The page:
The presence of human pharmaceutical compounds in surface waters is an emerging issue in environmental science. Low levels of many active pharmaceutical ingredients are detected in the aquatic environment as a result of pharmaco-chemical industrial waste spill-offs in draining water. In the manufacturing of pharmaceutical drug substances azides are used as reagents or when they are generated somehow in the synthesis, it may be necessary to demonstrate that these impurities are sufficiently removed to levels below an appropriate safety threshold. Sodium azide is an example of an azide for which the environmental exposure limits have been reasonably well characterized. The treatment of waste and industrial water can be conducted by removing dissolved materials and ions in water using membrane separation technology with ultra- and nanofiltration (NF) and reverse osmosis (RO) membranes. To achieve better effluent water quality, tertiary treatment with activated carbon adsorption is used. To analyze the risk of pharmaceuticals in the environment, a proposed validated methodology by NMR spectroscopy will support the evaluation of the eco-toxicological hazards during the early development process of pharmaceuticals.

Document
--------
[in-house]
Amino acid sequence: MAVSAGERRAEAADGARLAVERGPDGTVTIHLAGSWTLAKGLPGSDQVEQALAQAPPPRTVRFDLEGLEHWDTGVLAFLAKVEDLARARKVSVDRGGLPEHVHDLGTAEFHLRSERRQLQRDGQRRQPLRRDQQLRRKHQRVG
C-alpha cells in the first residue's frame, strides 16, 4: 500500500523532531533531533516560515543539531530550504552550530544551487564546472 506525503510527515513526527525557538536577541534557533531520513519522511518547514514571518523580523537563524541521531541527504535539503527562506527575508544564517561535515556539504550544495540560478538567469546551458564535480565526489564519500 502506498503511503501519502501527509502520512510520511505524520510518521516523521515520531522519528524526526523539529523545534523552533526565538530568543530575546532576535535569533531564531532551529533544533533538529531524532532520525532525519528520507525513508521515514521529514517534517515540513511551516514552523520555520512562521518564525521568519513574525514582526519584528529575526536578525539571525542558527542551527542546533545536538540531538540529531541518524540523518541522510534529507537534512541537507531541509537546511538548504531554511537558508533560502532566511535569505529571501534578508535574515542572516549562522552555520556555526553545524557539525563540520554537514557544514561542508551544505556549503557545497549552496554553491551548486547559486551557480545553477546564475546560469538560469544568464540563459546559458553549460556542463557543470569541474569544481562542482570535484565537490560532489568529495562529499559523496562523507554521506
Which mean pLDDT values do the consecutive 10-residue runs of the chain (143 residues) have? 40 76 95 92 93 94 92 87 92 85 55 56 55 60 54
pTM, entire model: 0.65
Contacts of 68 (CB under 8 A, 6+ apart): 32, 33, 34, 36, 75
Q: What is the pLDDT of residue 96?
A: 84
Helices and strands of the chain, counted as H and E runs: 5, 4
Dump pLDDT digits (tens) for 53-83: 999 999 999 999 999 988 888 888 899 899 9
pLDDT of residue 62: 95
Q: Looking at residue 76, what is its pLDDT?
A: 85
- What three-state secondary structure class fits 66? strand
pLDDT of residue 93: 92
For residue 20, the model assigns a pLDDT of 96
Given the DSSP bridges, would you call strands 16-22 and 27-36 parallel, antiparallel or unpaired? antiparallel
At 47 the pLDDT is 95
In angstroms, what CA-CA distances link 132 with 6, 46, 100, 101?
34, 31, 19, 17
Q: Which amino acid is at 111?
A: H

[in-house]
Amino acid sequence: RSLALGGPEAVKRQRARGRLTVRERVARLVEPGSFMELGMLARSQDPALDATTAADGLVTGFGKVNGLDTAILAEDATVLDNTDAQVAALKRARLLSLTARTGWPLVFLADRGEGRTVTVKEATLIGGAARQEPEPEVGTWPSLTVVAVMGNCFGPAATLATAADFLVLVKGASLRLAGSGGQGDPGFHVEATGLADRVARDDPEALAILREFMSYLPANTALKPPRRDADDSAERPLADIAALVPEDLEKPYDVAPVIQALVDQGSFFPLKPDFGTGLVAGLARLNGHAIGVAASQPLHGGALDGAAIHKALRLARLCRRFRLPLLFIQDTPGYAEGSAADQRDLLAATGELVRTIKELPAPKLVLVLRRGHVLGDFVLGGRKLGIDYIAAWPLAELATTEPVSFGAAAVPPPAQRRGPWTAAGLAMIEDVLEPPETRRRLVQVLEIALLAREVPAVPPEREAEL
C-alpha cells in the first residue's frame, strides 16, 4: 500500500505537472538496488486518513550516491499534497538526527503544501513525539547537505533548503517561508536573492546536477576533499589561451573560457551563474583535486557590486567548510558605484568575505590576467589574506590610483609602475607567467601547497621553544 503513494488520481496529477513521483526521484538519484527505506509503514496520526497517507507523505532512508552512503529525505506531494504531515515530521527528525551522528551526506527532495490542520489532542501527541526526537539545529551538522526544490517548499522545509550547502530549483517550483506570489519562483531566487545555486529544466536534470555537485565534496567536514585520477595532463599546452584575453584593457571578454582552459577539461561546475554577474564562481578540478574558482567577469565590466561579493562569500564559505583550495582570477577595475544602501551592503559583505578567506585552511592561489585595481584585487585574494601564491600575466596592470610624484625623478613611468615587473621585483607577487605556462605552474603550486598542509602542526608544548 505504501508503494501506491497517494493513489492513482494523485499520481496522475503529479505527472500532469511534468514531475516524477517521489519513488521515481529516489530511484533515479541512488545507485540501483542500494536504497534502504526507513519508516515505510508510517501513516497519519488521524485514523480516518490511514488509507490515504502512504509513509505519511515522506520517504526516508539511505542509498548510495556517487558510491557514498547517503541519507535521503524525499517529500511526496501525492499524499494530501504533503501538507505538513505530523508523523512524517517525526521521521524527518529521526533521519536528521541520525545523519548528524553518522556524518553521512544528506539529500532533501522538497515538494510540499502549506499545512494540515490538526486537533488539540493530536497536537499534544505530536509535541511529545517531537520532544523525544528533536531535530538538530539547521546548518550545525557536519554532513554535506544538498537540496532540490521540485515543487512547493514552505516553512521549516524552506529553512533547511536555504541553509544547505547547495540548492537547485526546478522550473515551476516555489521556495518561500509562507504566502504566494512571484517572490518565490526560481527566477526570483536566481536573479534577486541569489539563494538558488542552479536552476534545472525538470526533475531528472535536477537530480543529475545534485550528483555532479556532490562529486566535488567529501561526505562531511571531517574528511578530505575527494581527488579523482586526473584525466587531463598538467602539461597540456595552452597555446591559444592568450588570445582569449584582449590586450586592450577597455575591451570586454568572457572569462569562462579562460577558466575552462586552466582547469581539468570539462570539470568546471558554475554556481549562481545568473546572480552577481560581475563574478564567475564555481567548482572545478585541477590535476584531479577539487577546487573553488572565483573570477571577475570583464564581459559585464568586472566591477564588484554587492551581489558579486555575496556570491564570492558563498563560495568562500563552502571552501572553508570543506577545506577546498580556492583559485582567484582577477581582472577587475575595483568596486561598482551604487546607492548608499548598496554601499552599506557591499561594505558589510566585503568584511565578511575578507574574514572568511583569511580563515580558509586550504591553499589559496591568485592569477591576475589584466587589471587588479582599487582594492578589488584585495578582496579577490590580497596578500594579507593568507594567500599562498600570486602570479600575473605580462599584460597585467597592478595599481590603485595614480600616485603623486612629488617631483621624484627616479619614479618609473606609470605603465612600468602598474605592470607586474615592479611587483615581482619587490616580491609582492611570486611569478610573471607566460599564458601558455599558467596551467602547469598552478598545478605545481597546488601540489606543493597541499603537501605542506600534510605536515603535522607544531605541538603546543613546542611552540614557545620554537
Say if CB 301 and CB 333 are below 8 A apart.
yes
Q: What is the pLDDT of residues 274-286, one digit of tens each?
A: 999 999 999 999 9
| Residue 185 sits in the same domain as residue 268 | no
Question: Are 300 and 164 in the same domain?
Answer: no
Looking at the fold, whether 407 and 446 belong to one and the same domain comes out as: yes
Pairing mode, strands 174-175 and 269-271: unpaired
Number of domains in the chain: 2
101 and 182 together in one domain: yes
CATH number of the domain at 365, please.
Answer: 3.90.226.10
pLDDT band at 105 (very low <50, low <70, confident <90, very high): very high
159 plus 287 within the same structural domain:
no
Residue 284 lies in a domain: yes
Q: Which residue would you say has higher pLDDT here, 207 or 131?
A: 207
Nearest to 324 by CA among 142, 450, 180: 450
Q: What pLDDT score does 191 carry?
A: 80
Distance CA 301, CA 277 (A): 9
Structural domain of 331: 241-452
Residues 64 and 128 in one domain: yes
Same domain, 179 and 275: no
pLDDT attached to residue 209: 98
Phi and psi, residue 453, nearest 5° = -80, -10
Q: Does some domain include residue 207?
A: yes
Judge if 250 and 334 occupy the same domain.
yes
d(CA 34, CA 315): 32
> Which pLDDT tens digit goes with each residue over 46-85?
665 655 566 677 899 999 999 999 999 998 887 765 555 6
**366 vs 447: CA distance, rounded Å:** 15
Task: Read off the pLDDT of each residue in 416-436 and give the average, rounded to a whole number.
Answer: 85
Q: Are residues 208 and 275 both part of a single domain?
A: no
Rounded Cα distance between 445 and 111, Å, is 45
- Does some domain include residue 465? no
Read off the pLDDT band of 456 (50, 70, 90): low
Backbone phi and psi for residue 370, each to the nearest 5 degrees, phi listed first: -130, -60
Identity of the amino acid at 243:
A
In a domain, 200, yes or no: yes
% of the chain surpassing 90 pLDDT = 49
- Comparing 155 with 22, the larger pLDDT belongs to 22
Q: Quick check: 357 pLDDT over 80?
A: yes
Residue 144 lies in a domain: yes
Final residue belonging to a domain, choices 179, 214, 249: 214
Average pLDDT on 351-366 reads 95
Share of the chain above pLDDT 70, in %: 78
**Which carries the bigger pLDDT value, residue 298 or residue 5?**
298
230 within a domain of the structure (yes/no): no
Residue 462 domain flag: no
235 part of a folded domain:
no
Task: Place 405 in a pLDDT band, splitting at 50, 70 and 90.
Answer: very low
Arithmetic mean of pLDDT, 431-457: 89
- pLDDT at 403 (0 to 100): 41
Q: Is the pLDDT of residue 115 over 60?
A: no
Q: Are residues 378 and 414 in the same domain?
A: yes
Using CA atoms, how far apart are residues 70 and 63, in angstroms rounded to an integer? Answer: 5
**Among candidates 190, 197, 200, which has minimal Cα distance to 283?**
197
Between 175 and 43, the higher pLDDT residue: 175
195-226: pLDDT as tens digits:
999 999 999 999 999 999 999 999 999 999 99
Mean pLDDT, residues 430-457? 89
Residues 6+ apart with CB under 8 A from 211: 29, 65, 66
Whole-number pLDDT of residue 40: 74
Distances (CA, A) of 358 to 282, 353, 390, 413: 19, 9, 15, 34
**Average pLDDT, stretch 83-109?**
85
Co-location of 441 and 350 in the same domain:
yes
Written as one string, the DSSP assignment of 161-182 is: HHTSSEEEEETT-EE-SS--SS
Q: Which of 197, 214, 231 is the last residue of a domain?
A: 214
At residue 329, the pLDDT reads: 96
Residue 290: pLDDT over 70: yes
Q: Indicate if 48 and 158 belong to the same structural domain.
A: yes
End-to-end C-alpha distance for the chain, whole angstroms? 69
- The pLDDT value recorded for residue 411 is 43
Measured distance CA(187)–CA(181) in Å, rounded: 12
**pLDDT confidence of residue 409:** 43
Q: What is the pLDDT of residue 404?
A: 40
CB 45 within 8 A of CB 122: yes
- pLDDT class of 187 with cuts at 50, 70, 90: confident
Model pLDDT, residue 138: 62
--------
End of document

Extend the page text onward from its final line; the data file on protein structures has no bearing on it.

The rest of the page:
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14N NMR Spectroscopy for detection of binding interaction between sodium azide and hydrated Fullerene by titration method
Published: 04 December 2015 by MDPI in MOL2NET'15, Conference on Molecular, Biomed., Comput. & Network Science and Engineering, 1st ed. congress NANOBIO.MAT-01: NANOBIO.MAT-09: Nanotechnology, Biomed. Eng., & Materials Science Congress, Jackson & Fargo, USA, 2015.
Keywords: sodium azide; fullerene; 14N NMR spectroscopy; nanofiltration